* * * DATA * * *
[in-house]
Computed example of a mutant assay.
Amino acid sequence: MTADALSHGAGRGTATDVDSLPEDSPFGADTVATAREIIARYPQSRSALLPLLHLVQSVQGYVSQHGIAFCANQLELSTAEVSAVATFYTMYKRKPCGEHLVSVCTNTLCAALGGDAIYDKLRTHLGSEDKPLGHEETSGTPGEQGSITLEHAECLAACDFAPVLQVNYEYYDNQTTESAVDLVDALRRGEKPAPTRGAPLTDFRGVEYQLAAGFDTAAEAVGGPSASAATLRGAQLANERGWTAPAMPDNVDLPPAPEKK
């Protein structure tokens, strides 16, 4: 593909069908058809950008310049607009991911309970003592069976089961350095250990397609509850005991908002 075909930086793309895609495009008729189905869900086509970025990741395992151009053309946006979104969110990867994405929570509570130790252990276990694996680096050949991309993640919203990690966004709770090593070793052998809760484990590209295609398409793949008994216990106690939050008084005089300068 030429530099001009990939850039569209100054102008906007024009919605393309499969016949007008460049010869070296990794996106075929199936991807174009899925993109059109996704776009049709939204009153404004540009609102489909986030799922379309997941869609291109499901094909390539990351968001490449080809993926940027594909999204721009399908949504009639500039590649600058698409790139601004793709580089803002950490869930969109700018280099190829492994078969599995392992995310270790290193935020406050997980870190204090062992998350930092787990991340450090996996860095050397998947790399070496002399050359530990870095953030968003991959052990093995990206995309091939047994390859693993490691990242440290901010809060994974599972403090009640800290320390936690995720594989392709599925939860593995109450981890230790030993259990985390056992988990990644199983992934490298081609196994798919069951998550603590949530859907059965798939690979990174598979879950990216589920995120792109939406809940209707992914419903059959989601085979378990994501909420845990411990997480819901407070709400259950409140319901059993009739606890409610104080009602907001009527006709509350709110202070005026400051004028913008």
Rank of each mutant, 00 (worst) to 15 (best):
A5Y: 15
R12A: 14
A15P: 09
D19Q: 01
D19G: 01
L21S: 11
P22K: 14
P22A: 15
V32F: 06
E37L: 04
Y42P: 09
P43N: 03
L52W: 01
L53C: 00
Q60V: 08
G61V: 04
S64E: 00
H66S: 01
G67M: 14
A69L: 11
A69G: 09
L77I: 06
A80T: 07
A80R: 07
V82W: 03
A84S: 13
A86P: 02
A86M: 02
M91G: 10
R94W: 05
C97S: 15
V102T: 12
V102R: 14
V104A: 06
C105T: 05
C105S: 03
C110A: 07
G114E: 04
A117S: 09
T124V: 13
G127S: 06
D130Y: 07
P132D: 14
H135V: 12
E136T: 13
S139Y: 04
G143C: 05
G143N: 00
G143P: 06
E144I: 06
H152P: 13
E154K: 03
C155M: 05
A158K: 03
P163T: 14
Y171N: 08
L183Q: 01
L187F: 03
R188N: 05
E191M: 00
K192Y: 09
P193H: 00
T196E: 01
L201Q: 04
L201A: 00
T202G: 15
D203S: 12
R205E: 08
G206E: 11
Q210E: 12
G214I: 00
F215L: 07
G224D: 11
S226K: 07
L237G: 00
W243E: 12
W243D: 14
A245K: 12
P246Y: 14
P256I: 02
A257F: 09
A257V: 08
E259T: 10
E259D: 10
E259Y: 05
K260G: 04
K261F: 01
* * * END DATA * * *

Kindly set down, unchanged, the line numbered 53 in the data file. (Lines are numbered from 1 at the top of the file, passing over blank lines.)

G143N: 00